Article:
Some of our sister circuits also have taken the view that a selfexecuting provision of a state's constitution may constitute a sufficiently reasonable, certain and adequate remedy to satisfy the Fifth Amendment and, under Williamson County, is likewise sufficient to require the plaintiff to proceed in state court before raising a federal takings claim. See Bateman v. City of West Bountiful, 89 F.3d 704, 708-09 (10th Cir. 1996) ("A property owner's cause of action for inverse condemnation is provided by Article I, section 22 of the Utah Constitution. This constitutional provision is self-executing . . . . [The plaintiff]'s failure to avail himself of the procedure renders his claim premature."); Villager Pond, Inc. v. Town of Darien, 56 F.3d 375, 380 (2d Cir. 1995) (holding that when a state's constitution provides a "straightforward takings clause," even when no case provides compensation for the precise kind of taking alleged by the plaintiff, the plaintiff "is still required to look to the state for (continued...)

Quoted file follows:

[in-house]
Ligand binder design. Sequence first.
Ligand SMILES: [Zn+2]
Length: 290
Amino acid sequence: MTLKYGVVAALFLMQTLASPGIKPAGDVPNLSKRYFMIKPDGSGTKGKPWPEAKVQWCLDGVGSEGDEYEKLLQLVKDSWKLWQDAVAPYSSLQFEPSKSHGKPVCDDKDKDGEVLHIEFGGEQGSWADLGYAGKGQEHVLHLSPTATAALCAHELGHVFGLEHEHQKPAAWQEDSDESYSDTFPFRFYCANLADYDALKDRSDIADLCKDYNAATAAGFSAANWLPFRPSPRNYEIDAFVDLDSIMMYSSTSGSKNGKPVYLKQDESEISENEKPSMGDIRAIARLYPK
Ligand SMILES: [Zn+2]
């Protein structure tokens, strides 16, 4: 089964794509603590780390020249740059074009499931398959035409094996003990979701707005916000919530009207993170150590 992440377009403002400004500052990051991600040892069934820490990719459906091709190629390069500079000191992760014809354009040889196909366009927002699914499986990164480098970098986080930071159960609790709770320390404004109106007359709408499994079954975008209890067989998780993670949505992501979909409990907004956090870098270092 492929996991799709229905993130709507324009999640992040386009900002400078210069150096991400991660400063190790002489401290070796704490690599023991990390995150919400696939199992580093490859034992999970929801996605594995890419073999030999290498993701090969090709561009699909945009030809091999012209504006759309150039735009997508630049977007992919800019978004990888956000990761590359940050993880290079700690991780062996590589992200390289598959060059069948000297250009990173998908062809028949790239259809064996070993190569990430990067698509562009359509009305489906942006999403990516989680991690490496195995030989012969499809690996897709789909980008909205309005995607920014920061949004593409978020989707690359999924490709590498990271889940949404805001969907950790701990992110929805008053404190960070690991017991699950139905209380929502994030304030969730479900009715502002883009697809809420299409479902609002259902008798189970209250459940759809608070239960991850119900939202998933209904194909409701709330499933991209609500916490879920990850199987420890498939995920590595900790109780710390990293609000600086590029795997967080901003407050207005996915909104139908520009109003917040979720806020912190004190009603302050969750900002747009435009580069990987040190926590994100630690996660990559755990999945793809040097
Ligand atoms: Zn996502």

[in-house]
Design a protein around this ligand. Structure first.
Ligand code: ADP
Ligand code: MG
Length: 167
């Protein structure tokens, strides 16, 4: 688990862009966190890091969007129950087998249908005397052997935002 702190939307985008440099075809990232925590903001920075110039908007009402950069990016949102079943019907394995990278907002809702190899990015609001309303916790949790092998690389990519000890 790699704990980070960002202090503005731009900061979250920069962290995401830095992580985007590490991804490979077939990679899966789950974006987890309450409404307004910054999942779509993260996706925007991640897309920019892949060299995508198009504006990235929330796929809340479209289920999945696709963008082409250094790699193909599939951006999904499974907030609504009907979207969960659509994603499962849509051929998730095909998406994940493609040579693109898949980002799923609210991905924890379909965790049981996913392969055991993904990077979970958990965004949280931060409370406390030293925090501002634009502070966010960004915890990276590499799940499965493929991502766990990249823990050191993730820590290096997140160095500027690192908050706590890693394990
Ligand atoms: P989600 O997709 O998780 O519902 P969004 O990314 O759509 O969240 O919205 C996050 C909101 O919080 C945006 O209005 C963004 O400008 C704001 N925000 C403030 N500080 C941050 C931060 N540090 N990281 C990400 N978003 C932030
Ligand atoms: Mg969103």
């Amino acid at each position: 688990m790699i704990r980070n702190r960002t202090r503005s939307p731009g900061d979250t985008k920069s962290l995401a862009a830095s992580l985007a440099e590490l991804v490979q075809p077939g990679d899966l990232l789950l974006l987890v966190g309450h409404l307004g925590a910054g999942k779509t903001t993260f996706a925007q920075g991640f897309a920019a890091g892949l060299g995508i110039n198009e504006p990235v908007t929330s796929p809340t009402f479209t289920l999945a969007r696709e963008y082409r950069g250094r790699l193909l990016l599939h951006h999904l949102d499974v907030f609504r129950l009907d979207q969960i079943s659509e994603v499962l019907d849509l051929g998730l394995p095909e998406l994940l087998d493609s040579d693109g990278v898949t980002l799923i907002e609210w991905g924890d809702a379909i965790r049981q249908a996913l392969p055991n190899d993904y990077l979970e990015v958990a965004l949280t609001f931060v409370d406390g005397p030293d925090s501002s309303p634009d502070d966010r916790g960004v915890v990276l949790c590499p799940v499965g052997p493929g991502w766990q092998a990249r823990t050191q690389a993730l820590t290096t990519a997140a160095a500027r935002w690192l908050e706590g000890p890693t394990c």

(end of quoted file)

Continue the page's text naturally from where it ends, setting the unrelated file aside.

claims that, despite the clear language in Roe, Illinois will not provide a remedy. He bases this assertion on his reading of Illinois precedent establishing the manner in which claims under § 15 ordinarily proceed, that is, by way of a mandamus action to force the municipality to institute eminent domain proceedings, see, e.g., Luperini, 637 N.E.2d at 1268. Whatever subsequent Illinois cases say about the usual method a landowner might use to obtain compensation, Roe indicates that the courts of the state will find a remedy if a taking has occurred. Based on this clear statement by the Supreme Court of Illinois that a remedy is available to injured landowners, we conclude that Mr. Peters "has not shown that the inverse condemnation procedure is unavailable or inadequate, and until [he] has utilized that procedure, [his] taking claim is premature." Williamson County, 473 U.S. at 197.7